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Take precautions for hot and humid day on tap for Tuesday in Wisconsin

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We don’t get many days like this in the Northwoods.

Tuesday’s forecast calls for temperatures in the 90s and heat index values nearing 100 for most of our area.

Price County will be under a heat advisory starting at 11:00 Tuesday morning. Heat index values up to 103 degrees are expected.

If you can manage it, you should avoid being outside during the hottest point of the day.

It doesn’t take long in these conditions for the heat to start impacting your health.

While the most severe cases of heat-related illnesses are among babies and older adults, it’s people between the ages of 15 to 34 that end up in the ER in higher numbers of because it.

“They can absolutely impact your health by worsening asthma or causing heat stress. Things that people really want to be on the lookout for is symptoms. Like they may start to feel overheated, maybe weak, dizzy, nauseous or having some muscle cramping. They could be starting to experience some heat illness,” said Kyla Waksmonski, a community health specialist with the Oneida County Health Department.

The best way to avoid heat illness is take the proper precautions.

Drink lots of water, avoid alcohol, stay where it’s air conditioned if possible, and if you need to be outside try to do so in the morning or late evening.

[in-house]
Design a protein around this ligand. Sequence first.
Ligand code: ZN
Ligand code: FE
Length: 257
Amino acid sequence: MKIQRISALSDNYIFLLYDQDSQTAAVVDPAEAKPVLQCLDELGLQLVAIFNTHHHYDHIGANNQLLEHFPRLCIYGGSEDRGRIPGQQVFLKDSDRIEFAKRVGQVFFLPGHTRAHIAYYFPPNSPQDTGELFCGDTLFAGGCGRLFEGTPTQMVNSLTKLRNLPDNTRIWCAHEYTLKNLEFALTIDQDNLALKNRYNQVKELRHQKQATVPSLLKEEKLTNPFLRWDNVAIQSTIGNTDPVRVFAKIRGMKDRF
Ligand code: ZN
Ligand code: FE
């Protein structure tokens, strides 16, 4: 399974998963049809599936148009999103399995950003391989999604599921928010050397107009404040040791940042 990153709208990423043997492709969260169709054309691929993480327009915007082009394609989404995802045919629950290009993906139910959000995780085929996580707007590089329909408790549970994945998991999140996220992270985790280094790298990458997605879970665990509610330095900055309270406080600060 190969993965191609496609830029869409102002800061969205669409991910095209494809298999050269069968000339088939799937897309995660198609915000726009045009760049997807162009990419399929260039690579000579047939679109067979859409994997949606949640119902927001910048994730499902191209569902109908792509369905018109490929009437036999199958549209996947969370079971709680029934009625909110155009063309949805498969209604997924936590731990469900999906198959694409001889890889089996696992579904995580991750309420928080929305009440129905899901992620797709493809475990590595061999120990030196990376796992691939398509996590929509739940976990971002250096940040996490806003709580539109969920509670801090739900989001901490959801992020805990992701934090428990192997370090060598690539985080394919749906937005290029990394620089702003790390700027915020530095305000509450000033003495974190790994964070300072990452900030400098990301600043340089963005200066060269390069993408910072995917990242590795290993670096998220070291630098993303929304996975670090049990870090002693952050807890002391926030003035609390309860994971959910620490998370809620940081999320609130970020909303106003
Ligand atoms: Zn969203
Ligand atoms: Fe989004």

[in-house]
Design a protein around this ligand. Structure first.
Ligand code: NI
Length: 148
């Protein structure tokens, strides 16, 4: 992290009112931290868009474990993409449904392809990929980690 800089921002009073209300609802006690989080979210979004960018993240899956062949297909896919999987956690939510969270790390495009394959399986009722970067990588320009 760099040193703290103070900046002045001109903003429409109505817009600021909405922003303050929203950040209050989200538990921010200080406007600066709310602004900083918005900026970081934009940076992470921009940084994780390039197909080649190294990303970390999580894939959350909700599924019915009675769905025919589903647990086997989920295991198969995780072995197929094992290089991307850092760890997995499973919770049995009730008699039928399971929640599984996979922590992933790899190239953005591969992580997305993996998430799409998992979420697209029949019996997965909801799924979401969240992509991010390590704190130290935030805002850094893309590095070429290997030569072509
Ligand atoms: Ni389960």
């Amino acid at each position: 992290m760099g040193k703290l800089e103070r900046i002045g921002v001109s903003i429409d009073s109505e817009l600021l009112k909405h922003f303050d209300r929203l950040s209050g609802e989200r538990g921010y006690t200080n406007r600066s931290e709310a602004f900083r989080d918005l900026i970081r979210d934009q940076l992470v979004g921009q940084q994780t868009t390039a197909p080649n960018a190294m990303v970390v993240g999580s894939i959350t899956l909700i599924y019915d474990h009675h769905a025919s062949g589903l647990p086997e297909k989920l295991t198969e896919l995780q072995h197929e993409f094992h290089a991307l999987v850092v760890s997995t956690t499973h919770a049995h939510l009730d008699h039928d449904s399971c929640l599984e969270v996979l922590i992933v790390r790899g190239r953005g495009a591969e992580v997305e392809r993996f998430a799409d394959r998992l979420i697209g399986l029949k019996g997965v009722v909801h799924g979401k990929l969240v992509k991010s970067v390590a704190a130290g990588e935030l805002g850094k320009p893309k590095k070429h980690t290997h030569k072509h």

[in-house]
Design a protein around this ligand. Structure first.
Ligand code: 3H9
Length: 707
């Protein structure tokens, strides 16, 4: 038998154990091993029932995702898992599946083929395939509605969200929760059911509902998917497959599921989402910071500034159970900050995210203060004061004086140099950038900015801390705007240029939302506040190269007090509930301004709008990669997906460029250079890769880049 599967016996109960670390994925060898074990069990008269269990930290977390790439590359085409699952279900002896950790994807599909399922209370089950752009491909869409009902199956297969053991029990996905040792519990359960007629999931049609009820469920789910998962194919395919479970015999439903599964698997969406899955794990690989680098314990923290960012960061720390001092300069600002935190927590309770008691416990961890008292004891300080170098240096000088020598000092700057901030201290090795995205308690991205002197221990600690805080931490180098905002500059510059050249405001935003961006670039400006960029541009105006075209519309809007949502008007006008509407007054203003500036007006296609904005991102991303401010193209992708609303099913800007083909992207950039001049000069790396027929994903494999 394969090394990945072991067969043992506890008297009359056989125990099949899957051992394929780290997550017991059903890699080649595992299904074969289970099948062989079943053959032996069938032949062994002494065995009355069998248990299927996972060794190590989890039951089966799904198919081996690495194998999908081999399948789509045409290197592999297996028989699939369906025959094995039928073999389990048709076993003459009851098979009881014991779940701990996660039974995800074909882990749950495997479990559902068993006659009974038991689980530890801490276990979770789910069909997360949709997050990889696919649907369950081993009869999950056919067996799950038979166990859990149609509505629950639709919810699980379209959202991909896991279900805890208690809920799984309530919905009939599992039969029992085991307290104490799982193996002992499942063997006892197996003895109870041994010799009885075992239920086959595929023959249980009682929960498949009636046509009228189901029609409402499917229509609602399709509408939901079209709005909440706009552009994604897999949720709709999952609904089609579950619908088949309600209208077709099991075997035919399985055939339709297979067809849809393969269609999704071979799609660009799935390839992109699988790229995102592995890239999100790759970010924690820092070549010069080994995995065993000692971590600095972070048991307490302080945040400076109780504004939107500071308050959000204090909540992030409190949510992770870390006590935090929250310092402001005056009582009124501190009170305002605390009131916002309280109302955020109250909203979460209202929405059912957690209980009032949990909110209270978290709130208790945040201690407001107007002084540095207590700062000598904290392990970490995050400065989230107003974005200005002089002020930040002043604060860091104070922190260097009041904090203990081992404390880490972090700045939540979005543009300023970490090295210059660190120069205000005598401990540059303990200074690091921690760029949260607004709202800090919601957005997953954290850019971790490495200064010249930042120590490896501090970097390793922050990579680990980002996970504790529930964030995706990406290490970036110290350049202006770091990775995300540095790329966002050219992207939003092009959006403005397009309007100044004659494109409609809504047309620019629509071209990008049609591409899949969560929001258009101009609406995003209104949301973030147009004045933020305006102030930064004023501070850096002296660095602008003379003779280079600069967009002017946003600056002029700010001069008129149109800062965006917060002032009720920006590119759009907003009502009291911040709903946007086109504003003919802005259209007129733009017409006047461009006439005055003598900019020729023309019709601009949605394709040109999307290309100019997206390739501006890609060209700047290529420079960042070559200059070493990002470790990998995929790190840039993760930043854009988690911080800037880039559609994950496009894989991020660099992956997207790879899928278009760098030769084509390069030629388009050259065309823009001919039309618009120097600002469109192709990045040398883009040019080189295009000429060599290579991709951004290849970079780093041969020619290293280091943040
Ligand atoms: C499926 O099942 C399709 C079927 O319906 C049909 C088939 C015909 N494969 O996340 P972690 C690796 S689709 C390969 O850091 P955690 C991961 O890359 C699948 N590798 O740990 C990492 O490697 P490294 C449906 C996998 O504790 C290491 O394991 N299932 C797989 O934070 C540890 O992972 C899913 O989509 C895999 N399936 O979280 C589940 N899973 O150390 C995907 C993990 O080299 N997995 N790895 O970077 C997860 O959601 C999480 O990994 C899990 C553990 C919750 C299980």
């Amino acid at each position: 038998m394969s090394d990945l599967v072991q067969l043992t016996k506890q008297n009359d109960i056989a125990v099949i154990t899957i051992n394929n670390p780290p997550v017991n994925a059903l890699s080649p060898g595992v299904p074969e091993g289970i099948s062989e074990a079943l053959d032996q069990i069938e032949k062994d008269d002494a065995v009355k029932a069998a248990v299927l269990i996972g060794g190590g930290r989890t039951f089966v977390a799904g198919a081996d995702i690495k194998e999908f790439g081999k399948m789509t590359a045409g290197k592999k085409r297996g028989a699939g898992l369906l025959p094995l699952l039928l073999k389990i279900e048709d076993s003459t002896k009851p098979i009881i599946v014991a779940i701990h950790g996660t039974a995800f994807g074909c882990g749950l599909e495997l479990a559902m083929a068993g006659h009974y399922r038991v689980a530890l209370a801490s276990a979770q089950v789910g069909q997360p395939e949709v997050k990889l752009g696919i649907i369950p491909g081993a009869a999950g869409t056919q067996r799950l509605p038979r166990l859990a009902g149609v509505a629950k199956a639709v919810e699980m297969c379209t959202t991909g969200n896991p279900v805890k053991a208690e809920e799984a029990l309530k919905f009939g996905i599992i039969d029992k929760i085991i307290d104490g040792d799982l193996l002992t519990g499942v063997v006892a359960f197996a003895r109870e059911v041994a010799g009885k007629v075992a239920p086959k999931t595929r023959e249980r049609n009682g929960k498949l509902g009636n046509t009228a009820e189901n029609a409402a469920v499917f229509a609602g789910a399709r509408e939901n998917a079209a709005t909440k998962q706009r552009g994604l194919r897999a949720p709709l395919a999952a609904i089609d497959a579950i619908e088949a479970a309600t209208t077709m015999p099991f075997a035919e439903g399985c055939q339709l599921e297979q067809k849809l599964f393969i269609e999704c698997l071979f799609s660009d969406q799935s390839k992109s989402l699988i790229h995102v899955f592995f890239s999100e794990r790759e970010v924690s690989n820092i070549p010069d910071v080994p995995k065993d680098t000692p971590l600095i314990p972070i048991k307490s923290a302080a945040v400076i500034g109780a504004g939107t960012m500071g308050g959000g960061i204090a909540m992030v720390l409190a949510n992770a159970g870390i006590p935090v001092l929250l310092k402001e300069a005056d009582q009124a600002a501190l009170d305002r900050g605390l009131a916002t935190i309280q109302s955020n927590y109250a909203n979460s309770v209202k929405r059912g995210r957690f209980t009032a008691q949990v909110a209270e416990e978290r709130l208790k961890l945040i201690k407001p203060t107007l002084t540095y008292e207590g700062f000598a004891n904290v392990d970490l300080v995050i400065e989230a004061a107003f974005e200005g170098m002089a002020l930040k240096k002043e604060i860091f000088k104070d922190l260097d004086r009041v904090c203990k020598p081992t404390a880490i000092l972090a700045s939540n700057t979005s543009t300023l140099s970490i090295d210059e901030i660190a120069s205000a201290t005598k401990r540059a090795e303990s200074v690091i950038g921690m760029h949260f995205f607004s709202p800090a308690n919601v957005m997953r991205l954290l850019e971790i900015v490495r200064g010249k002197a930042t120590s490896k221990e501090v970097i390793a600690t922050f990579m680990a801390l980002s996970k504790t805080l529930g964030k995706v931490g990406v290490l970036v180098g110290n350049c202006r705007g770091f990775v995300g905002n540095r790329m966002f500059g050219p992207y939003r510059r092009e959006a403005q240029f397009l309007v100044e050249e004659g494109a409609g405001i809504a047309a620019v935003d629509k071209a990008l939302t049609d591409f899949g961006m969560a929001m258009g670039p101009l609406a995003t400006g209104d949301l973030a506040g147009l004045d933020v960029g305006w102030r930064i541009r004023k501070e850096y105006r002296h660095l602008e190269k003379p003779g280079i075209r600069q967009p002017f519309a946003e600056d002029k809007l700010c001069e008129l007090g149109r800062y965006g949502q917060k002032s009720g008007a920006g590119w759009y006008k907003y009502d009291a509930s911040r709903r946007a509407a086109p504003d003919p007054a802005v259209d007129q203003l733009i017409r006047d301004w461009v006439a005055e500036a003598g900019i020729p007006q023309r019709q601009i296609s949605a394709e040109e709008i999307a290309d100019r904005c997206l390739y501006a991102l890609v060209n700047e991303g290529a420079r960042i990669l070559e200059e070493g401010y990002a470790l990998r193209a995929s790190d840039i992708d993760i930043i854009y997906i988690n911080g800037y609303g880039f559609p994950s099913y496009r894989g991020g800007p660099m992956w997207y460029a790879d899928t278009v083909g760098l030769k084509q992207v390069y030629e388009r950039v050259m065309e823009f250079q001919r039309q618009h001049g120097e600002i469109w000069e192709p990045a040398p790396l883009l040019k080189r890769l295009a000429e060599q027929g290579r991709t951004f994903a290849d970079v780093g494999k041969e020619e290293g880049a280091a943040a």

If you do feel yourself over-heat, a cool bath or shower can help bring your body temperature down.

“If symptoms don’t improve calling 911 or seeing a doctor should definitely be the next step,” said Waskmonski.

Waksmonski encourages people to check on their neighbors and loved ones, especially if the person is elderly or lives on their own.

You should also be mindful of inside your car.

“We don’t want to ever leave a child, a person with a disability, an elderly person, or a pet in a parked car, even for a short time,” she said. “On an 80-degree day, the temperature inside a car can reach 100 degrees or higher in less than 10 minutes.”

According to the Department of health Services, in 2020, 689 people went to the emergency department, 67 people were hospitalized, and seven people died in Wisconsin due to heat-related causes.

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